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Halloween and the Bible
What is Halloween and what does the Bible have to say about it?
October 20, 2016 - Audio, 8.30 MIN
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The western world is building up to Halloween. Shops are full of scary masks and children are preparing for trick or treating.   But what is Halloween and what does the Bible have to say about it?

The History of Halloween

The name Halloween is a contraction of the words “All Hallows' Eve”. A hallow is an old English word for “saint”. Halloween then is actually the eve of “All Saints day” - or Hallowmas - which takes place on November the 1st. It actually marks the start of a three-day observance called “Allhallowtide” - a time which churches dedicate to remembering the dead, including saints (or  hallows). It is thought that the present date of Hallowmas was most probably established by Pope Gregory III (731–741).

According to Catholic online: “All Saints' Day is a solemn holy day of the Catholic Church celebrated annually on November 1. The day is dedicated to the saints of the Church, that is, all those who have attained heaven. It should not be confused with All Souls' Day, which is observed on November 2, and is dedicated to those who have died and not yet reached heaven.”

So if the celebration is supposedly Christian in origin - although it might be pointed out there is nothing in the Bible about celebrating such a thing - why are there so many Halloween traditions which do not seem to link back to Christianity at all? The religious aspects of the holiday seem to be lost in popular culture. The answer to this question is that the origins of Halloween stretch back to before the Christian era. Prior to the Catholic Church seeking to Christianize the 31st of October, the Celtic pagans celebrated Samhain. This was, and still is a very important date in the Pagan calendar and marked the celebration of the “Feast of the Dead”. This feast is still celebrated today by those who practice paganism.

Halloween is the celebration of the dead

Halloween - when the spirits of dead people are honoured, celebrated, feared and remembered

According to a BBC page on Samhain “It was the time of year when the veils between this world and the Otherworld were believed to be at their thinnest: when the spirits of the dead could most readily mingle with the living once again… To celebrate Samhain the Druids built huge sacred bonfires. People brought harvest food and sacrificed animals to share a communal dinner in celebration of the festival. During the celebration the Celts wore costumes - usually animal heads and skins. They would also try and tell each other's fortunes.”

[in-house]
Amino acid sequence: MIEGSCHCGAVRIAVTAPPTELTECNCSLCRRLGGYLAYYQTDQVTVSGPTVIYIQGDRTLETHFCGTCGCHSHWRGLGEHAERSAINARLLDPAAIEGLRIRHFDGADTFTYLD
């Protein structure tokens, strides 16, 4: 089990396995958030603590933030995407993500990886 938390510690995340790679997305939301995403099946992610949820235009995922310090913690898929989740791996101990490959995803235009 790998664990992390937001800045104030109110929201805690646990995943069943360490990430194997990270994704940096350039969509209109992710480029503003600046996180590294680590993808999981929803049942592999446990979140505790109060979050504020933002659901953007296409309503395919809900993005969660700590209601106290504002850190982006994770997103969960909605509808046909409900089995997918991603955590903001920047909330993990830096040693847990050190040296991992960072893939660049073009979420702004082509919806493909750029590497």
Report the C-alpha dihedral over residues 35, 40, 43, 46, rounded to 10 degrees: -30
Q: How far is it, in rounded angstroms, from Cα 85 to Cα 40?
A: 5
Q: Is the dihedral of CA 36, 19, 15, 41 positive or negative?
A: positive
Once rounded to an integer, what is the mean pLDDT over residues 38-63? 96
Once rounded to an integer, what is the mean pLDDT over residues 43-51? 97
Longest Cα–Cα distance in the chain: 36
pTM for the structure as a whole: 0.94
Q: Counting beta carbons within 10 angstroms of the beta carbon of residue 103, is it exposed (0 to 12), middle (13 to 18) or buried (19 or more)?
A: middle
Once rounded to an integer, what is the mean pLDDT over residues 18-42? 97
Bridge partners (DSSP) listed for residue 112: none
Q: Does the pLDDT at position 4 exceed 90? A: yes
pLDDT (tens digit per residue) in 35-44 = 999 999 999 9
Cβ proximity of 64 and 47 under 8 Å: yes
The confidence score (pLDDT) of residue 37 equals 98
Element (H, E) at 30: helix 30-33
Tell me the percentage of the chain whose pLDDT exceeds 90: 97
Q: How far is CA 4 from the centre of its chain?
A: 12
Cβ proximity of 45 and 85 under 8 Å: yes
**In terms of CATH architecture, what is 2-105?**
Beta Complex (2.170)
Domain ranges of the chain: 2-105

So this is the true origin of the festival which explains where all of the traditions such as cutting up and putting lights in pumpkins, dressing up as zombies and dead people and going trick or treating come from. It was a superstitious pagan feast adopted and tweaked by the Catholic Church and then subsequent Churches. It is also connected to the occult and Satan worship. Nowadays it has evolved into a secular celebration with these origins virtually lost in the mists of time, giving way to capitalism, money making and entertainment.

What does the Bible say?

At the heart of the ideas behind Halloween is the concept of the immortality of the soul. Whether pagan or mainstream Christian this idea is at the centre of the celebrations. The basic concept is that when someone dies their soul lives on as a spirit to live in the afterlife and it is these sprits who are honoured, celebrated, feared and remembered at Halloween. However this idea is not found in the Bible - in fact the Bible plainly speaks of the dead being completely unconscious:

“For the living know that they shall die: but the dead know not any thing…” Ecclesiastes 9:5

“Put not your trust in princes, nor in the son of man, in whom there is no help. His breath goeth forth, he returneth to his earth; in that very day his thoughts perish.” Psalm 146:3-4

“For the grave cannot praise thee, death can not celebrate thee: they that go down into the pit cannot hope for thy truth. The living, the living, he shall praise thee…” Isaiah 38:18-19

The scriptures then clearly teach that death is a punishment for sin and is the end of life. The soul is not immortal as these passages show:

“…the soul that sinneth, it shall die.” Ezekiel 18:4

“He made a way to his anger; he spared not their soul from death, but gave their life over to the pestilence;” Psalm 78:50

“All they that be fat upon earth shall eat and worship: all they that go down to the dust shall bow before him: and none can keep alive his own soul.” Psalm 22:29

These verses are worth bearing in mind as society plays out the celebration of death and of the spirits of the dead in the coming weeks.

What should our reaction be?

For those who follow after Christ we know that pagan gods do not exist. We understand that the soul is not immortal and that the only hope of life after death is that of the resurrection of the dead that will take place when Jesus returns. Would it be a good idea for us to be mixed up in this festival which celebrates things which are in direct contrast to the truth revealed in God’s word? This is a question we must all answer on a personal level. However perhaps this passage from Philippians chapter 4 and verse 8 might be helpful:

“Finally, brethren, whatsoever things are true, whatsoever things are honest, whatsoever things are just, whatsoever things are pure, whatsoever things are lovely, whatsoever things are of good report; if there be any virtue, and if there be any praise, think on these things.” Philippians 4:8

This has been Matt Davies joining you for the Bible in the News. Join us again next week God willing.

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